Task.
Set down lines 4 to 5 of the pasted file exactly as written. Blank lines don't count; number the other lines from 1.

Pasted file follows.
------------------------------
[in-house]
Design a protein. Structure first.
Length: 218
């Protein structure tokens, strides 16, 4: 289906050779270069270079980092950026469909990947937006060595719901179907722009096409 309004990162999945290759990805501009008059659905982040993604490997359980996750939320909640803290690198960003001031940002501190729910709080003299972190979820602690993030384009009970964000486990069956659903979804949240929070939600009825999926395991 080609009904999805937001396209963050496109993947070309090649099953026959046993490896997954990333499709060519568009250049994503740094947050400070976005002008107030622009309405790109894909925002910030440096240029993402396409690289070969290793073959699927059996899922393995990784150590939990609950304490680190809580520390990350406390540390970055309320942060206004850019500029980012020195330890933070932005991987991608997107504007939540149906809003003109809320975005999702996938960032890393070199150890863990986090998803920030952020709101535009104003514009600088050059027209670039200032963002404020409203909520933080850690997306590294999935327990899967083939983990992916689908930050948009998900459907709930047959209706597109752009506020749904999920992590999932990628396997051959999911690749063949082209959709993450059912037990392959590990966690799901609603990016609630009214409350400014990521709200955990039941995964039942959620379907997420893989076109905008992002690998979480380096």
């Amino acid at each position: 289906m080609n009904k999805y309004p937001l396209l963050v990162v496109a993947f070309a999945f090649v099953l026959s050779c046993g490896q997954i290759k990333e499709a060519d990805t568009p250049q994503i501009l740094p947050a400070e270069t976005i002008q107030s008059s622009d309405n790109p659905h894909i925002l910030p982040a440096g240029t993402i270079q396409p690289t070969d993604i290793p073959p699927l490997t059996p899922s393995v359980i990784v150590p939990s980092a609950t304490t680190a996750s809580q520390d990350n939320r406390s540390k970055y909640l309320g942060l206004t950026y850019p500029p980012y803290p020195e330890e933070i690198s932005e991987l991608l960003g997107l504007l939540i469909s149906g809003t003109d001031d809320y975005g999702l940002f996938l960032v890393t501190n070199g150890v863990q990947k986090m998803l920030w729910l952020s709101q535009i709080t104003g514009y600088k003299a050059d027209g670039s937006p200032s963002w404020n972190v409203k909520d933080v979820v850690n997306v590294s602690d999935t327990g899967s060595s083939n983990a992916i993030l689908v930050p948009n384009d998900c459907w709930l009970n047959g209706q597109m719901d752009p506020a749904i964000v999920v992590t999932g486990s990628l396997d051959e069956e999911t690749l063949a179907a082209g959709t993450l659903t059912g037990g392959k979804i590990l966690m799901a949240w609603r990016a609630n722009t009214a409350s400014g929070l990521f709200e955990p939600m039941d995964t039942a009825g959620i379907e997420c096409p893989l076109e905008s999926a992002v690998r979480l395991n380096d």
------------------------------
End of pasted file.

């Protein structure tokens, strides 16, 4: 289906050779270069270079980092950026469909990947937006060595719901179907722009096409 309004990162999945290759990805501009008059659905982040993604490997359980996750939320909640803290690198960003001031940002501190729910709080003299972190979820602690993030384009009970964000486990069956659903979804949240929070939600009825999926395991 080609009904999805937001396209963050496109993947070309090649099953026959046993490896997954990333499709060519568009250049994503740094947050400070976005002008107030622009309405790109894909925002910030440096240029993402396409690289070969290793073959699927059996899922393995990784150590939990609950304490680190809580520390990350406390540390970055309320942060206004850019500029980012020195330890933070932005991987991608997107504007939540149906809003003109809320975005999702996938960032890393070199150890863990986090998803920030952020709101535009104003514009600088050059027209670039200032963002404020409203909520933080850690997306590294999935327990899967083939983990992916689908930050948009998900459907709930047959209706597109752009506020749904999920992590999932990628396997051959999911690749063949082209959709993450059912037990392959590990966690799901609603990016609630009214409350400014990521709200955990039941995964039942959620379907997420893989076109905008992002690998979480380096």
């Amino acid at each position: 289906m080609n009904k999805y309004p937001l396209l963050v990162v496109a993947f070309a999945f090649v099953l026959s050779c046993g490896q997954i290759k990333e499709a060519d990805t568009p250049q994503i501009l740094p947050a400070e270069t976005i002008q107030s008059s622009d309405n790109p659905h894909i925002l910030p982040a440096g240029t993402i270079q396409p690289t070969d993604i290793p073959p699927l490997t059996p899922s393995v359980i990784v150590p939990s980092a609950t304490t680190a996750s809580q520390d990350n939320r406390s540390k970055y909640l309320g942060l206004t950026y850019p500029p980012y803290p020195e330890e933070i690198s932005e991987l991608l960003g997107l504007l939540i469909s149906g809003t003109d001031d809320y975005g999702l940002f996938l960032v890393t501190n070199g150890v863990q990947k986090m998803l920030w729910l952020s709101q535009i709080t104003g514009y600088k003299a050059d027209g670039s937006p200032s963002w404020n972190v409203k909520d933080v979820v850690n997306v590294s602690d999935t327990g899967s060595s083939n983990a992916i993030l689908v930050p948009n384009d998900c459907w709930l009970n047959g209706q597109m719901d752009p506020a749904i964000v999920v992590t999932g486990s990628l396997d051959e069956e999911t690749l063949a179907a082209g959709t993450l659903t059912g037990g392959k979804i590990l966690m799901a949240w609603r990016a609630n722009t009214a409350s400014g929070l990521f709200e955990p939600m039941d995964t039942a009825g959620i379907e997420c096409p893989l076109e905008s999926a992002v690998r979480l395991n380096d």